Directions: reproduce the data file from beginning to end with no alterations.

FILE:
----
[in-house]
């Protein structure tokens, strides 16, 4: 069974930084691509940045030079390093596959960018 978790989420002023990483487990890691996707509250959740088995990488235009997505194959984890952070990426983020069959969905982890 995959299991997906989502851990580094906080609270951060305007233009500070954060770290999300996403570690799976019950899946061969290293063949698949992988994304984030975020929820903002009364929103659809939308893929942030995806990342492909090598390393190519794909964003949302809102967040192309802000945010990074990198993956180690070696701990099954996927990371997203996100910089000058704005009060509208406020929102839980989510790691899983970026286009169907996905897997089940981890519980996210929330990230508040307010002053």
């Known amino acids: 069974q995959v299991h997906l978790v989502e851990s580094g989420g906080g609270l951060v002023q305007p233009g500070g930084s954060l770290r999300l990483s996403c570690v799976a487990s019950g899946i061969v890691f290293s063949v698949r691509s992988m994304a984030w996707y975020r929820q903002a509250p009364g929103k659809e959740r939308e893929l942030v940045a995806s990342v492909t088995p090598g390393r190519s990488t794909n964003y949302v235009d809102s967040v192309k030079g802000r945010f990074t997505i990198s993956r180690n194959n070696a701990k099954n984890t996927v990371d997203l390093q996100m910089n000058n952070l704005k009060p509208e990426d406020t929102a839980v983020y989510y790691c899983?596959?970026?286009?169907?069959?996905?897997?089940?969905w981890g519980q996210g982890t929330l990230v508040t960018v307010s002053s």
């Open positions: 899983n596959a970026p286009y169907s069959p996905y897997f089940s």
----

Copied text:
[in-house]
């Protein structure tokens, strides 16, 4: 069974930084691509940045030079390093596959960018 978790989420002023990483487990890691996707509250959740088995990488235009997505194959984890952070990426983020069959969905982890 995959299991997906989502851990580094906080609270951060305007233009500070954060770290999300996403570690799976019950899946061969290293063949698949992988994304984030975020929820903002009364929103659809939308893929942030995806990342492909090598390393190519794909964003949302809102967040192309802000945010990074990198993956180690070696701990099954996927990371997203996100910089000058704005009060509208406020929102839980989510790691899983970026286009169907996905897997089940981890519980996210929330990230508040307010002053």
């Known amino acids: 069974q995959v299991h997906l978790v989502e851990s580094g989420g906080g609270l951060v002023q305007p233009g500070g930084s954060l770290r999300l990483s996403c570690v799976a487990s019950g899946i061969v890691f290293s063949v698949r691509s992988m994304a984030w996707y975020r929820q903002a509250p009364g929103k659809e959740r939308e893929l942030v940045a995806s990342v492909t088995p090598g390393r190519s990488t794909n964003y949302v235009d809102s967040v192309k030079g802000r945010f990074t997505i990198s993956r180690n194959n070696a701990k099954n984890t996927v990371d997203l390093q996100m910089n000058n952070l704005k009060p509208e990426d406020t929102a839980v983020y989510y790691c899983?596959?970026?286009?169907?069959?996905?897997?089940?969905w981890g519980q996210g982890t929330l990230v508040t960018v307010s002053s």
């Open positions: 899983n596959a970026p286009y169907s069959p996905y897997f089940s």